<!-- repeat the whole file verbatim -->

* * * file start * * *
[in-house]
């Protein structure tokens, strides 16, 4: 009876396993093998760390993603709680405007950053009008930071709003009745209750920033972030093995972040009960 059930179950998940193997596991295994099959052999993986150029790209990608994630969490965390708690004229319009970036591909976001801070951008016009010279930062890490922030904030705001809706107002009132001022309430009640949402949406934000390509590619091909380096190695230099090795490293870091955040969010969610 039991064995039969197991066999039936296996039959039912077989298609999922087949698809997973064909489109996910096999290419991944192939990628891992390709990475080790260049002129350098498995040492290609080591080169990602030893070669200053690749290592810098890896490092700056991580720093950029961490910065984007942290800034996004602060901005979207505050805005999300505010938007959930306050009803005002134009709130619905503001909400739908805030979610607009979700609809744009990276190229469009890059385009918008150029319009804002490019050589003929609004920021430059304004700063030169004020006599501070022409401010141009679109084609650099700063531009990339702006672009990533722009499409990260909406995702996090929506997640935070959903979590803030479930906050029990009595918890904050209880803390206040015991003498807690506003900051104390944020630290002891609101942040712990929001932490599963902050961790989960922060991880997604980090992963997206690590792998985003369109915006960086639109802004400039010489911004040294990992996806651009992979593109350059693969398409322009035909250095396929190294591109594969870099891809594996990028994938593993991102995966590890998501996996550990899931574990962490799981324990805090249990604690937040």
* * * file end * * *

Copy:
[in-house]
């Protein structure tokens, strides 16, 4: 009876396993093998760390993603709680405007950053009008930071709003009745209750920033972030093995972040009960 059930179950998940193997596991295994099959052999993986150029790209990608994630969490965390708690004229319009970036591909976001801070951008016009010279930062890490922030904030705001809706107002009132001022309430009640949402949406934000390509590619091909380096190695230099090795490293870091955040969010969610 039991064995039969197991066999039936296996039959039912077989298609999922087949698809997973064909489109996910096999290419991944192939990628891992390709990475080790260049002129350098498995040492290609080591080169990602030893070669200053690749290592810098890896490092700056991580720093950029961490910065984007942290800034996004602060901005979207505050805005999300505010938007959930306050009803005002134009709130619905503001909400739908805030979610607009979700609809744009990276190229469009890059385009918008150029319009804002490019050589003929609004920021430059304004700063030169004020006599501070022409401010141009679109084609650099700063531009990339702006672009990533722009499409990260909406995702996090929506997640935070959903979590803030479930906050029990009595918890904050209880803390206040015991003498807690506003900051104390944020630290002891609101942040712990929001932490599963902050961790989960922060991880997604980090992963997206690590792998985003369109915006960086639109802004400039010489911004040294990992996806651009992979593109350059693969398409322009035909250095396929190294591109594969870099891809594996990028994938593993991102995966590890998501996996550990899931574990962490799981324990805090249990604690937040």